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Alaska RV Camping Travelog – Day 5

Mileposts, Signposts, and Whitehorse…Oh My!

We wake up to 40 degrees this morning, and staying in bed seems like a pretty good option since we watched a movie on the VCR last night and were up a bit later. So we sleep in some, and don’t hit the road until 6:30! Now, whether or not this qualifies as “sleeping in” depends on which occupant of the motor home you ask! We do know it’s a good idea not to start out too early looking for a garage or repair shop in this sparsely populated area. The Milepost Magazine is a definite must in this back country and very helpful when trying to locate a place to camp for the night and also as we search out a “town”!

Start Gozer and no power steering at first, but only for a few agonizing seconds as fluid pumps back through the lines from the reservoir. We’re moving right along with just a bit of whining from the steering at low speeds and while turning corners. Away we go!

The Milepost is really getting a work out the past couple days, and we do find that a place that was listed as “Fireside” is nothing of a town, just a historic area that was partially destroyed by fire in the summer of 1982. Many of the historic mileposts have been stolen along the Alaska highway, so keeping an eye on the surroundings and terrain helps us to know basically where we are. That and the odometer! Also since we are traveling quite early in the season, some places aren’t yet reopened from the winter.

We stop at a place called Allen’s Lookout which has a monument cairn dedicated to the surveyors of the Alaska Highway. It also looks like a good place to camp for a night, as there are picnic tables, firepits, outhouse and a dumpster. There have been several buffalo along this route, and they are all along the highway not paying any attention to us at all! The right of ways on either side of the Alcan are cleared of brush and vegetation in most places up to 100 feet off the road right to the forest edge. This affords us lots of views of animals and Brian picks out a black bear just sitting on a hill enjoying the day! It also helps to get the big picture when driving to keep an eye out for wildlife!

At mile 513.9 (Historical Milepost 533) we come upon a wide spot called Coal River Lodge! This place looks like an oasis in the desert to us…..says it has food, gas, diesel, restaurant, Laundromat, RV park, camping, and a staple of the Alaska Highway….Tire Repair! Maybe it has a garage that can help us out! We stop at Coal River and go into the shop to purchase the only two liters of ATF on the shelf. No one is around, but Brian opens the door into the back of the shop and yells “Hello” and a nice fellow named Paul says “Hello” back. We purchase the two containers and inquire about a mechanic. Paul says he can do limited repairs and we explain our problem. He crawls under Gozer, and after a brief examination agrees to work on it.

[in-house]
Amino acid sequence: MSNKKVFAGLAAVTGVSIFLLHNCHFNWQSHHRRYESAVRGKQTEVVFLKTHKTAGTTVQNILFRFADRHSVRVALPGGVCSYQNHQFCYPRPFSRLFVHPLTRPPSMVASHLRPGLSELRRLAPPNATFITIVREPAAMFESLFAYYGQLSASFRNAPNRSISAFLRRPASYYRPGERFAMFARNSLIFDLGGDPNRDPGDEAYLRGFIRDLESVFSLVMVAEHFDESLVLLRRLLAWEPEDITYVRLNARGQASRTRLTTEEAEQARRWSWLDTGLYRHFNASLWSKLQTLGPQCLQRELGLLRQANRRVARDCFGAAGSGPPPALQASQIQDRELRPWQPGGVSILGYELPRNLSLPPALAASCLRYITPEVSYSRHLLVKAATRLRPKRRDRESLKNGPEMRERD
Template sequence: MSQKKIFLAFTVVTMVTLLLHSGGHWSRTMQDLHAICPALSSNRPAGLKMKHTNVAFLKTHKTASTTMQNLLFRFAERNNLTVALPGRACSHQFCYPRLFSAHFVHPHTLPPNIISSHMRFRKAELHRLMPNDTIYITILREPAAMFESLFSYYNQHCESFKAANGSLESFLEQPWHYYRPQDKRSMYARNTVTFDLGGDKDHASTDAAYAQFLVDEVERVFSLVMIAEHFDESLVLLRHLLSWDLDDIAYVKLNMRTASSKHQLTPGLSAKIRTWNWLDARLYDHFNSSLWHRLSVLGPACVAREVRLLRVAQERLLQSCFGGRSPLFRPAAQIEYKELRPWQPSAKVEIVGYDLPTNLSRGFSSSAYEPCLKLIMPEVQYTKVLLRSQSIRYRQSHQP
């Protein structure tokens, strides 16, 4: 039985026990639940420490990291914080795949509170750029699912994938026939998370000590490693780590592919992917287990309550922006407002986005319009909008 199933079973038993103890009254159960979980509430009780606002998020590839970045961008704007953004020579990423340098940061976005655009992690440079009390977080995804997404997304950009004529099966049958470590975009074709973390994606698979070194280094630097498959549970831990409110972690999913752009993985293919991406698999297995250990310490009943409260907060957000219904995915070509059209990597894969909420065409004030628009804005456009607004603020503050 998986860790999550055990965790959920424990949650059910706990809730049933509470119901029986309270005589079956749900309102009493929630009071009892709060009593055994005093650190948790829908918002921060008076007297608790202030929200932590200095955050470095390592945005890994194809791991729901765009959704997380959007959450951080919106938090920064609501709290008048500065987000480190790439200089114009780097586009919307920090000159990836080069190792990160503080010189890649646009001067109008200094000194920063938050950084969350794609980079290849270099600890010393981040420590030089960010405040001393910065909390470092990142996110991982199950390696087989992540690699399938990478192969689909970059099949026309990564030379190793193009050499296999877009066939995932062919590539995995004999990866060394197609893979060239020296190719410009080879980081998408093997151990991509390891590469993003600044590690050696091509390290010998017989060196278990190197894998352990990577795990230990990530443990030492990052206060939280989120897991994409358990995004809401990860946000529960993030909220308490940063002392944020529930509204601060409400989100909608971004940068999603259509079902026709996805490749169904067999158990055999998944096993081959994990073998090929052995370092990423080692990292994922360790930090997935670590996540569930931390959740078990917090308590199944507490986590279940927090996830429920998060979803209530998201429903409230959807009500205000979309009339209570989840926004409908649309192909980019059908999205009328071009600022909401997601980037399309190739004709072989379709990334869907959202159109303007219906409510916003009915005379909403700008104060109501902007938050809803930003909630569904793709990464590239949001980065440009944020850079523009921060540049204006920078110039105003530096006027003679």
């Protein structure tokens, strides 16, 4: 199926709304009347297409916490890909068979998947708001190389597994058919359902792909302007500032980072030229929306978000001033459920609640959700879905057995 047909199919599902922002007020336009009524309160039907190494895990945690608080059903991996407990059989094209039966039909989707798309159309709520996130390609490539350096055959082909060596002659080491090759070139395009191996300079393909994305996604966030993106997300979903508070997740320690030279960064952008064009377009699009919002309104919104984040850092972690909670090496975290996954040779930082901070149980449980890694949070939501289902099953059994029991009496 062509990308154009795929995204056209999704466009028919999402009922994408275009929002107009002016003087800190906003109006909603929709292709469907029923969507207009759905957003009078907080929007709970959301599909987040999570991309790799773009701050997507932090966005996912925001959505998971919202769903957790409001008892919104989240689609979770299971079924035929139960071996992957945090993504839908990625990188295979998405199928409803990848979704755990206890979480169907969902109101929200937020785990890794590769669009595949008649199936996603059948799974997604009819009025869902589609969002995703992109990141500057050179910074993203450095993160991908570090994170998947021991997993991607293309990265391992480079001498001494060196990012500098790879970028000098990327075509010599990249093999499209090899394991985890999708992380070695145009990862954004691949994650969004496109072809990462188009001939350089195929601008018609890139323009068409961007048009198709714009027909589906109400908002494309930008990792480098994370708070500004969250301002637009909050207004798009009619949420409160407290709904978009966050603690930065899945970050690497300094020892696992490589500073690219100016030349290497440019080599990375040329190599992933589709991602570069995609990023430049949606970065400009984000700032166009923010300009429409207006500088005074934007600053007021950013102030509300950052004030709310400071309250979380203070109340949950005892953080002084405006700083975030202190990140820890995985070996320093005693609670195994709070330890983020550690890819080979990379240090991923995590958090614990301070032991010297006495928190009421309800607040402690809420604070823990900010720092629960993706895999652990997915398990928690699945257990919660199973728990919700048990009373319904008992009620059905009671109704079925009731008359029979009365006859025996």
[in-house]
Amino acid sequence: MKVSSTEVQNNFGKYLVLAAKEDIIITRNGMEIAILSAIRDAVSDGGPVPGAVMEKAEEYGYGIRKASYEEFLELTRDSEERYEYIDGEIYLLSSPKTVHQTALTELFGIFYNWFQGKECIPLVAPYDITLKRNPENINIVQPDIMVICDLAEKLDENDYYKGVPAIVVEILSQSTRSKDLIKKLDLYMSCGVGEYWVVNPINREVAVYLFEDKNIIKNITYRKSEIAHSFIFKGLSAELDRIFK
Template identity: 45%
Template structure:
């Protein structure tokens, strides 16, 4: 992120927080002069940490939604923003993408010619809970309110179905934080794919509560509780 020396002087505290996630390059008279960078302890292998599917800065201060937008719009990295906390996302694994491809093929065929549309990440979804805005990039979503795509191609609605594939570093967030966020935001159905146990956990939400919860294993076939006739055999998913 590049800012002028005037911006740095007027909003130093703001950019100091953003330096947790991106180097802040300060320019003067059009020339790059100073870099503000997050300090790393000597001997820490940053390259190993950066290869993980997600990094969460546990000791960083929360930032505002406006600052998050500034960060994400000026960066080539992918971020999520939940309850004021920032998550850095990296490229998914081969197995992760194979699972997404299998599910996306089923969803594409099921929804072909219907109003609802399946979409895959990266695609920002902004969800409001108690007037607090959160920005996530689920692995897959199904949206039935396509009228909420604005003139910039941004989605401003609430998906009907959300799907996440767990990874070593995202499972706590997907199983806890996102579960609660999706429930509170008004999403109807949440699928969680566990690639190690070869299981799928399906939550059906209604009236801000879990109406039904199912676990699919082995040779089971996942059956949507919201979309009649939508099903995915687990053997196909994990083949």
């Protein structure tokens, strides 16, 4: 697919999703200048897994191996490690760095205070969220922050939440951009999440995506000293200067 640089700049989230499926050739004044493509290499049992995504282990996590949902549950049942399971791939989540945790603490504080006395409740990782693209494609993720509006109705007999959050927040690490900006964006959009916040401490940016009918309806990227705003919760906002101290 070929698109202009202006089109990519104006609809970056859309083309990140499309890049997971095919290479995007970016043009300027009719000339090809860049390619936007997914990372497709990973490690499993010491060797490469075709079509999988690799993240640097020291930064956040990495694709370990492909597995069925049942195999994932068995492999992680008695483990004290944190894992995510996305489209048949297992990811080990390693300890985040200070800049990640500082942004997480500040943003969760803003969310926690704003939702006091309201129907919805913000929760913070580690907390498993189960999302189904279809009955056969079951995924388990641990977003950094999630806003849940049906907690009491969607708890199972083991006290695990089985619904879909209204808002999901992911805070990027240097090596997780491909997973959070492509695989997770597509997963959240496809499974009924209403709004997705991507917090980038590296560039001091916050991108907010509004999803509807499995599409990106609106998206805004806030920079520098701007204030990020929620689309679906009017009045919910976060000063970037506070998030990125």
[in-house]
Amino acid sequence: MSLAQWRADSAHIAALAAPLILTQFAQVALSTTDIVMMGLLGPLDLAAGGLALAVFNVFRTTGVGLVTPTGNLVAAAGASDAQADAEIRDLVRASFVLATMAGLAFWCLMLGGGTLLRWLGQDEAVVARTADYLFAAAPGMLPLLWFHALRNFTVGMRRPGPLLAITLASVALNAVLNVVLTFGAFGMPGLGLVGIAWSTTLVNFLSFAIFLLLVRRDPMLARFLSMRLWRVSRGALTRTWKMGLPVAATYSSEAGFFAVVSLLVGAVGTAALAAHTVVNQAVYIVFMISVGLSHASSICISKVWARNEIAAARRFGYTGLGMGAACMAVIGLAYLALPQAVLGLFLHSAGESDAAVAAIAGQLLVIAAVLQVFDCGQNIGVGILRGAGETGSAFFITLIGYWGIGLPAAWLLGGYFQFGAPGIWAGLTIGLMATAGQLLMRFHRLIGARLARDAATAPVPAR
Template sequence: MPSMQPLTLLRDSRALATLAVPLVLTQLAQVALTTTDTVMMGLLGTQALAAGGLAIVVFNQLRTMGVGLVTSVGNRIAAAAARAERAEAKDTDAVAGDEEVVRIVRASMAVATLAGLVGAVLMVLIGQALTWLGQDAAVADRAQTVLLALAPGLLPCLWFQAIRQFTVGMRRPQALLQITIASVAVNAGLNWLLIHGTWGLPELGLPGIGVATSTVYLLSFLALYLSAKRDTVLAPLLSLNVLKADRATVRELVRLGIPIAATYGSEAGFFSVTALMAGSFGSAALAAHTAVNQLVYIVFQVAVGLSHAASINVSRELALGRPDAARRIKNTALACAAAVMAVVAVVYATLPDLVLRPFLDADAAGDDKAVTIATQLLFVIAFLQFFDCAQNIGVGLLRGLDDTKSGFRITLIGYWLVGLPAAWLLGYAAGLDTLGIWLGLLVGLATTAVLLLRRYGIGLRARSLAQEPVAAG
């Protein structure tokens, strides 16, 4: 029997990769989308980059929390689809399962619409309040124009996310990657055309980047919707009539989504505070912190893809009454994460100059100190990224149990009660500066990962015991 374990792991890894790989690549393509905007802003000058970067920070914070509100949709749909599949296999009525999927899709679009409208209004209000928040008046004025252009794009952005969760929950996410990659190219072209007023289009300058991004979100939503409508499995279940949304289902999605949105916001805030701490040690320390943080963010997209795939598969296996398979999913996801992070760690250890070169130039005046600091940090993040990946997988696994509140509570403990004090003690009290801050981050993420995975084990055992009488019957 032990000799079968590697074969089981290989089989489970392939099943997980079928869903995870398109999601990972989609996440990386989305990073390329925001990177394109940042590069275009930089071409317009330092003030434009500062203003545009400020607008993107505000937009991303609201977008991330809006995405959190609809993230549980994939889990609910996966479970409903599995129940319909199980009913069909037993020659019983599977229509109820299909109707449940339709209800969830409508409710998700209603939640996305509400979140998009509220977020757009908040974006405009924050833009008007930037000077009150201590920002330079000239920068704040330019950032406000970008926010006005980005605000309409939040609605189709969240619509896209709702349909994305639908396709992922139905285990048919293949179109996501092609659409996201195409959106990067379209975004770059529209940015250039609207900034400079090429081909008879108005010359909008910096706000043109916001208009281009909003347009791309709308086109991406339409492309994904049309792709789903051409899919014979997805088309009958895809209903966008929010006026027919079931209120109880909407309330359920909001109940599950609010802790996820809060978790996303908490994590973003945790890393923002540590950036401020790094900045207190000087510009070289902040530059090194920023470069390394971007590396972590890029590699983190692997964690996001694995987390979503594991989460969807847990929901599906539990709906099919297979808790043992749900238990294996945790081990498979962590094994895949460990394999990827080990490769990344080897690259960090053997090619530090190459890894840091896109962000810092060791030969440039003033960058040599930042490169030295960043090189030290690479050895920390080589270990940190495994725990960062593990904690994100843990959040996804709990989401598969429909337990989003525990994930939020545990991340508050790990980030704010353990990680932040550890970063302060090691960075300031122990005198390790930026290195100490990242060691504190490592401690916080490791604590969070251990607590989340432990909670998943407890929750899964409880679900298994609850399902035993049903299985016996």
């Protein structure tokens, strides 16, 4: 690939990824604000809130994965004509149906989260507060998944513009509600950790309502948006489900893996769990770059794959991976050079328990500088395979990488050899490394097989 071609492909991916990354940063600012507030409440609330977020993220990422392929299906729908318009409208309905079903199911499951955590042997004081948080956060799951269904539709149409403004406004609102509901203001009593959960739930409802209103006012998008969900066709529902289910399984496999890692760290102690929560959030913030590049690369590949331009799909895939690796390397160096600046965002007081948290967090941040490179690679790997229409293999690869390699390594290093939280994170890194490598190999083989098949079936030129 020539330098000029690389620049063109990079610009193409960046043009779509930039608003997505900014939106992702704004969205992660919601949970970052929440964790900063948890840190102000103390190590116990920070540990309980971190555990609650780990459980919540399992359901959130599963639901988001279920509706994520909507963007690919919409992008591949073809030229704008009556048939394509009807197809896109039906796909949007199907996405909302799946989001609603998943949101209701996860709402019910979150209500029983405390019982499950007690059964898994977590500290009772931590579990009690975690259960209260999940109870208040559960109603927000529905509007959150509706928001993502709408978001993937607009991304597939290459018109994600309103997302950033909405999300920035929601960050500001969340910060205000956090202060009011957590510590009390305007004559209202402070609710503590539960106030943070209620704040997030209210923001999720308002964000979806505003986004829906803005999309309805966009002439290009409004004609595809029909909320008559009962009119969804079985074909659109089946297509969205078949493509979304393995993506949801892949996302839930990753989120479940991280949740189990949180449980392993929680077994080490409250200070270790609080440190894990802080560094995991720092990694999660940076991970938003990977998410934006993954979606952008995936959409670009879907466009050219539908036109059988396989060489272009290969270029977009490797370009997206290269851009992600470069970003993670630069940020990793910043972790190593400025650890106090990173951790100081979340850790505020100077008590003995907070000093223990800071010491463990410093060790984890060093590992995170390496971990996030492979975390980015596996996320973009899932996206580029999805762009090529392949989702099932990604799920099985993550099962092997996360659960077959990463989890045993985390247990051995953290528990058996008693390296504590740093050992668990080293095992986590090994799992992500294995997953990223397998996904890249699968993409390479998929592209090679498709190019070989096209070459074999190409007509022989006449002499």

Coal River is an interesting place! There is no electricity except for generator power. There are two generators, one for daily use and one for a back up or when use exceeds the normal parameters. The cooling system for these generators is nothing more than a huge radiator inside the shop with a big electric fan to move air through it. Good design in Brian’s opinion, as it keeps the shop nice and warm from cooling the generators. There are fuel pumps here but price is quite high at $1.399 per liter, but if you needed fuel you would pay the price! We’ve learned to try and keep our tank pretty full, as you never know where the next fuel stop may be.

Paul has Brian back Gozer up to the shop doors, and Mom and Margie decide to head for the Laundromat, just behind the shop. We also browse through the gift shop, which had some nice looking rolls and pastries, along with small carved wooden Milepost replicas of their milepost out on the Alcan. Lots of tee-shirts and curios and a very friendly young man who told us about the problems they’ve had with people harassing the buffalo. He said there is one with an arrow hanging out of its side a ways down the road! His name is Billy–the buffalo that is!

Brian has time for a bowl of cereal and a nice walk with the dog while our coach is being worked on. Mom and I wrap up the laundry, which is taking a little longer to dry due to the power situation. But generators are the only way to go up here where an electric line is unheard of except for in a place with a substantial human population!

Paul determines that he doesn’t have a pipe to replace our cracked one, but he is able to braze weld ours back together, add a gallon of ATF, and the leak/noise/steering problem are fixed! We are more than grateful to Paul and the Coal River Lodge for saving our vacation!

Back on the road at 10:00 am and we travel through miles and miles of forest and distant mountain views. The Cassier Mountains are beautiful, but we still think the Rockies are better in our opinion. We do see Billy the buffalo! He’s huge, but he also has an arrow sticking out the side of him, what a shame.